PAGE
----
The Sunrise and Landrush periods come before the time when a domain extension is open to the general public for registration, although Landrush is not mandatory.
This is the initial period in which trademark owners get first dibs on domains that are same or similar to their trademark. The Sunrise lasts for 30 days or more, and the registry must provide a public notice 30 days prior to the Sunrise start date. The purpose of the Sunrise period is to prevent cybersquatting of trademarked domain names.
This is the period after the Sunrise, in which, premium or generic domains get sold to interested parties at a higher price. The Landrush period can be bypassed altogether by the registry and can go straight to general availability, but this usually does not happen. The Landrush period gives the registry the opportunity to make bigger profits on some of their best domains. During this time frame, the registry may decide to sell the domains via auction or on a first-come, first-serve basis.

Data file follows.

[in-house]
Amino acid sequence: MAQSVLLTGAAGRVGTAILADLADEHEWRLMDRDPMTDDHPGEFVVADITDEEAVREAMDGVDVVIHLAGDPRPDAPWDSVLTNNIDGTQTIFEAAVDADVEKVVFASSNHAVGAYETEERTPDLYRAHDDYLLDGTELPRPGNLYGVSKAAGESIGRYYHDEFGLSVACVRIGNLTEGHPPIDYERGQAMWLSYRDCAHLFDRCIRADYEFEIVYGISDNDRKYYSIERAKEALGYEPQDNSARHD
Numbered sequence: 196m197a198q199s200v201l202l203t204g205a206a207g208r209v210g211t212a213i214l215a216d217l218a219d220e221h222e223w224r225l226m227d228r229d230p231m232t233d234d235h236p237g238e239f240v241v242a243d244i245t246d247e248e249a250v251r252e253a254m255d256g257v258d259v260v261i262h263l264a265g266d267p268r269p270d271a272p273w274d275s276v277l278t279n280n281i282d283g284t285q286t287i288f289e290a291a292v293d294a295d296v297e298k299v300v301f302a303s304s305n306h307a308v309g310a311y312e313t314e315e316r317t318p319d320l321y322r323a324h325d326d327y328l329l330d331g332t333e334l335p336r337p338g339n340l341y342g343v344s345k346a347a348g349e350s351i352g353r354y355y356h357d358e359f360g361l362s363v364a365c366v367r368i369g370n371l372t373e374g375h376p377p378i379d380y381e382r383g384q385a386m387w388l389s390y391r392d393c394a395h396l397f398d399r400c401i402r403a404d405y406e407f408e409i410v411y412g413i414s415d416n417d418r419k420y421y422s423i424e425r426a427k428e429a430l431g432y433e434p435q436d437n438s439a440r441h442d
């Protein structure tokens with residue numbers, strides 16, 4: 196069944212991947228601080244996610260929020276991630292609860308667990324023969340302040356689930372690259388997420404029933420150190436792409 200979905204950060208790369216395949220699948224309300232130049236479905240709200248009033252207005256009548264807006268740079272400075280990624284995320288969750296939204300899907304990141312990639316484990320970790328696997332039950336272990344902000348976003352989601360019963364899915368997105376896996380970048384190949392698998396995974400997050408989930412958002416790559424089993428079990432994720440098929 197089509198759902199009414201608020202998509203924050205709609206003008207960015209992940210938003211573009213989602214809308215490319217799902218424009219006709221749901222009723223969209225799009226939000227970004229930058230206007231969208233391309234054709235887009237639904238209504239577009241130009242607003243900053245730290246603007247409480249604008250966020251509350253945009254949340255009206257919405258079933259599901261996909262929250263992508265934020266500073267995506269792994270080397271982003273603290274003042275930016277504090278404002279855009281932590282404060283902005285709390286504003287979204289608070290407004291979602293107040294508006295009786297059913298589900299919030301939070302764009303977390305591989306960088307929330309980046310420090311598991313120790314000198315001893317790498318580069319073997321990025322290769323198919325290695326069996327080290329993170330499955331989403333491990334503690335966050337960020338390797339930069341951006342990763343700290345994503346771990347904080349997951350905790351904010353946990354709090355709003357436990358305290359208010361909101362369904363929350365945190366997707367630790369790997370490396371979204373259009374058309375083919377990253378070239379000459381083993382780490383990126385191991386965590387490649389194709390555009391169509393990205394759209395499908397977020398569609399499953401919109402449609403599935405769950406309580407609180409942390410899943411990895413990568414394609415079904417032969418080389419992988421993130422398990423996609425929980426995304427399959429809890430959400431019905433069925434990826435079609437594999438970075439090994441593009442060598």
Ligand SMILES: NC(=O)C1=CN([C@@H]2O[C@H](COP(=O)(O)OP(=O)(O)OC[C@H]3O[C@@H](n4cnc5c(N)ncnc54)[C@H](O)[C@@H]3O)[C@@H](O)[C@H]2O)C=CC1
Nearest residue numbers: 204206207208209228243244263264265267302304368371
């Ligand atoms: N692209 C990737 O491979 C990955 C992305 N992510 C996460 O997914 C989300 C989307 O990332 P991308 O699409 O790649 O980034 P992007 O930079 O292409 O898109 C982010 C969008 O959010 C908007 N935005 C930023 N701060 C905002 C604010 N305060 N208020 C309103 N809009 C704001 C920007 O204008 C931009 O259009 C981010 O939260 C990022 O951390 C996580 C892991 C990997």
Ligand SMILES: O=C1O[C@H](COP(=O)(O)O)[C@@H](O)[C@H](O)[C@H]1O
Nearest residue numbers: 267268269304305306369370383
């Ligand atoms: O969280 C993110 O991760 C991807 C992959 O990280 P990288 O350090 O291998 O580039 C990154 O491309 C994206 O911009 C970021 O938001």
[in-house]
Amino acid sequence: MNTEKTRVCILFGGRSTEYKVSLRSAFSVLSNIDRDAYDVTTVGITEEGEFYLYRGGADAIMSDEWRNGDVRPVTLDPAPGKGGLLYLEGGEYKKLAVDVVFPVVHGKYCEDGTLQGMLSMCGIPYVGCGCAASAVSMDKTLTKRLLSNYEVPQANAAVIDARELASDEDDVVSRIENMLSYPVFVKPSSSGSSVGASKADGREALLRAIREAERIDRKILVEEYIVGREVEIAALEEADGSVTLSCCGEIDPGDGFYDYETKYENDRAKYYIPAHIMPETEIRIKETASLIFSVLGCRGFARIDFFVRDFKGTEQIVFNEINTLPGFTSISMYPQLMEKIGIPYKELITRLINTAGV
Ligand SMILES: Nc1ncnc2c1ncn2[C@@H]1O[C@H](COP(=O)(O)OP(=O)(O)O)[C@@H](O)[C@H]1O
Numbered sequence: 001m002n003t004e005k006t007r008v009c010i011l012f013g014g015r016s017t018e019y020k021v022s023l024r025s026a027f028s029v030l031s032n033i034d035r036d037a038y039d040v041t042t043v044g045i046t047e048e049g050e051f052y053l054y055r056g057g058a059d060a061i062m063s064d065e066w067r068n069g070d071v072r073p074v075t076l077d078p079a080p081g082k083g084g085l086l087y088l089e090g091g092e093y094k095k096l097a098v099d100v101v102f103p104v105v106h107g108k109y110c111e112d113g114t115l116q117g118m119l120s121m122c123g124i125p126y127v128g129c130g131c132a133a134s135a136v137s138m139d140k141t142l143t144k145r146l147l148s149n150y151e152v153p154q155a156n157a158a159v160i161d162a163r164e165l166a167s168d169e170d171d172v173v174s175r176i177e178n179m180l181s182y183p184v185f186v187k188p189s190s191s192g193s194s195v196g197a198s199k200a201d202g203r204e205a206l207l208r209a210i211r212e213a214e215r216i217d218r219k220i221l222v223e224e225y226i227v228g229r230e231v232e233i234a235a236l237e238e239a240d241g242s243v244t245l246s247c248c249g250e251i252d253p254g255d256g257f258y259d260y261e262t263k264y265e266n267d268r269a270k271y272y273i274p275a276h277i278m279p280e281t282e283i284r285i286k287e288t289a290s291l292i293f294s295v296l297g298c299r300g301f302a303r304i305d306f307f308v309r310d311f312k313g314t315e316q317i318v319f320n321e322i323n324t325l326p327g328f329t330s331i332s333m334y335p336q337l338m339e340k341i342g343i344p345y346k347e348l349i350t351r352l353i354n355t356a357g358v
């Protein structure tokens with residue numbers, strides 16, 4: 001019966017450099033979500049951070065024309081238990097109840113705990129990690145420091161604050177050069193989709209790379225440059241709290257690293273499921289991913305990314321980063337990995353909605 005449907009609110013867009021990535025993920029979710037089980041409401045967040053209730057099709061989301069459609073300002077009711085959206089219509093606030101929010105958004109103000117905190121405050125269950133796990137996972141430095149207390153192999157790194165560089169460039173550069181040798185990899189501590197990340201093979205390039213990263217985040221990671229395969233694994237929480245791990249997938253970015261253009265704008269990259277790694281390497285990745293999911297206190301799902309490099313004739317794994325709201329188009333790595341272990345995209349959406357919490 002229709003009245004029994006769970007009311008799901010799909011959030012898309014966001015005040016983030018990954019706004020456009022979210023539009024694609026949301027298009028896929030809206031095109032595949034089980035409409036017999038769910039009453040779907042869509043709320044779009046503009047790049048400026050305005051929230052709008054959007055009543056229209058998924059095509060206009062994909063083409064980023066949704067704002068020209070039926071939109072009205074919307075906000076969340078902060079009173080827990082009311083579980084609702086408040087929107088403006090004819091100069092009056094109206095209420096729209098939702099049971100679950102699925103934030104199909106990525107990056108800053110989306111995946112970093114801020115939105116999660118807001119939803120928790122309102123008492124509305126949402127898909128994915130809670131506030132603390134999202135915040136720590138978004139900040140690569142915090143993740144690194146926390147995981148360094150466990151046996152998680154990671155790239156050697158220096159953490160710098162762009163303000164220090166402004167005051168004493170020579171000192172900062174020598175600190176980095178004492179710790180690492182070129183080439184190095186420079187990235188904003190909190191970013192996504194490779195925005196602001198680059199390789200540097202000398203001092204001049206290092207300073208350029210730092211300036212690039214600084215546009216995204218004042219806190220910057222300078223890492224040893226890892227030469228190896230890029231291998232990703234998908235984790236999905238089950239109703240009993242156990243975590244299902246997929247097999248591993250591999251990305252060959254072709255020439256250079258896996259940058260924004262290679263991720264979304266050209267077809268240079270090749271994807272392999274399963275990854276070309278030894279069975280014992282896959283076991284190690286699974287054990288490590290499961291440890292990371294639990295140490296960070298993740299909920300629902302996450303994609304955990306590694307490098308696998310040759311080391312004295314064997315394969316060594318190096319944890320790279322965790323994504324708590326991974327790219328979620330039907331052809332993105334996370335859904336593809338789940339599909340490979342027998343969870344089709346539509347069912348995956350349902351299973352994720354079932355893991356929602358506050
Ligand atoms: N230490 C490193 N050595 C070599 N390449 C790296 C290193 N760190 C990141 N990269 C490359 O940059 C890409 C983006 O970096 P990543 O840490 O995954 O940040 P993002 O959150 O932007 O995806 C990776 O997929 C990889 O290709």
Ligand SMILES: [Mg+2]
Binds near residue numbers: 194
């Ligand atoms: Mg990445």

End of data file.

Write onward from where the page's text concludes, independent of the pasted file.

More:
General Availability Period
This is the period after Landrush, in which any qualified person in the general public may register a domain.
So that explains what happens just before a gTLD is introduced to the general public.
Want to know what process a domain name goes through once it expires? Click here.